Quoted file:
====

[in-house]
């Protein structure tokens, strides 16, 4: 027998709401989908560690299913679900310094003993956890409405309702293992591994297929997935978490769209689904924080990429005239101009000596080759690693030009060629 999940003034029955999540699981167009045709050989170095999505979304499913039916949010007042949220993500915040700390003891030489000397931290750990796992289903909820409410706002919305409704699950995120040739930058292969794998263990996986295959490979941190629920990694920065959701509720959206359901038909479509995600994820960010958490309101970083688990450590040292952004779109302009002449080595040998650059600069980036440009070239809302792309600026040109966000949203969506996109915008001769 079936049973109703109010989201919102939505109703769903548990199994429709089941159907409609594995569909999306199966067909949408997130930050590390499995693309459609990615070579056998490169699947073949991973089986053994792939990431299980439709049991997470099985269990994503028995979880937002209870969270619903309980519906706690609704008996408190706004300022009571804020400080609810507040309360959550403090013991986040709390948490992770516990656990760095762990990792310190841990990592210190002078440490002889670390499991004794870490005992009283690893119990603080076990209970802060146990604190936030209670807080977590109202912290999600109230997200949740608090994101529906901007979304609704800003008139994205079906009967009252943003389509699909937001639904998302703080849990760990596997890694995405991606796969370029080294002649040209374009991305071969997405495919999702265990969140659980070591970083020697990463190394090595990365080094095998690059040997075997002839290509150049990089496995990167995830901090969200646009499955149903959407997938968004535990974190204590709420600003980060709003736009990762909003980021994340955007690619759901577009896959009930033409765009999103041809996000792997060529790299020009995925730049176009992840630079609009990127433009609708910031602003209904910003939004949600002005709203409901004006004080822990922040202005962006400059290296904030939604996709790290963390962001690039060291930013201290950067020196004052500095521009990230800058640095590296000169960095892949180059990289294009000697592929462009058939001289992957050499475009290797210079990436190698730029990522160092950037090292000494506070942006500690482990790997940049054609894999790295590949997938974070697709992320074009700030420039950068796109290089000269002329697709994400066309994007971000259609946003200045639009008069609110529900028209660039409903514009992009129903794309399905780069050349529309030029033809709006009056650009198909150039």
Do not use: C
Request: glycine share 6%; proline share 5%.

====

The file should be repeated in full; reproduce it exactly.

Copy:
[in-house]
């Protein structure tokens, strides 16, 4: 027998709401989908560690299913679900310094003993956890409405309702293992591994297929997935978490769209689904924080990429005239101009000596080759690693030009060629 999940003034029955999540699981167009045709050989170095999505979304499913039916949010007042949220993500915040700390003891030489000397931290750990796992289903909820409410706002919305409704699950995120040739930058292969794998263990996986295959490979941190629920990694920065959701509720959206359901038909479509995600994820960010958490309101970083688990450590040292952004779109302009002449080595040998650059600069980036440009070239809302792309600026040109966000949203969506996109915008001769 079936049973109703109010989201919102939505109703769903548990199994429709089941159907409609594995569909999306199966067909949408997130930050590390499995693309459609990615070579056998490169699947073949991973089986053994792939990431299980439709049991997470099985269990994503028995979880937002209870969270619903309980519906706690609704008996408190706004300022009571804020400080609810507040309360959550403090013991986040709390948490992770516990656990760095762990990792310190841990990592210190002078440490002889670390499991004794870490005992009283690893119990603080076990209970802060146990604190936030209670807080977590109202912290999600109230997200949740608090994101529906901007979304609704800003008139994205079906009967009252943003389509699909937001639904998302703080849990760990596997890694995405991606796969370029080294002649040209374009991305071969997405495919999702265990969140659980070591970083020697990463190394090595990365080094095998690059040997075997002839290509150049990089496995990167995830901090969200646009499955149903959407997938968004535990974190204590709420600003980060709003736009990762909003980021994340955007690619759901577009896959009930033409765009999103041809996000792997060529790299020009995925730049176009992840630079609009990127433009609708910031602003209904910003939004949600002005709203409901004006004080822990922040202005962006400059290296904030939604996709790290963390962001690039060291930013201290950067020196004052500095521009990230800058640095590296000169960095892949180059990289294009000697592929462009058939001289992957050499475009290797210079990436190698730029990522160092950037090292000494506070942006500690482990790997940049054609894999790295590949997938974070697709992320074009700030420039950068796109290089000269002329697709994400066309994007971000259609946003200045639009008069609110529900028209660039409903514009992009129903794309399905780069050349529309030029033809709006009056650009198909150039």
Do not use: C
Request: glycine share 6%; proline share 5%.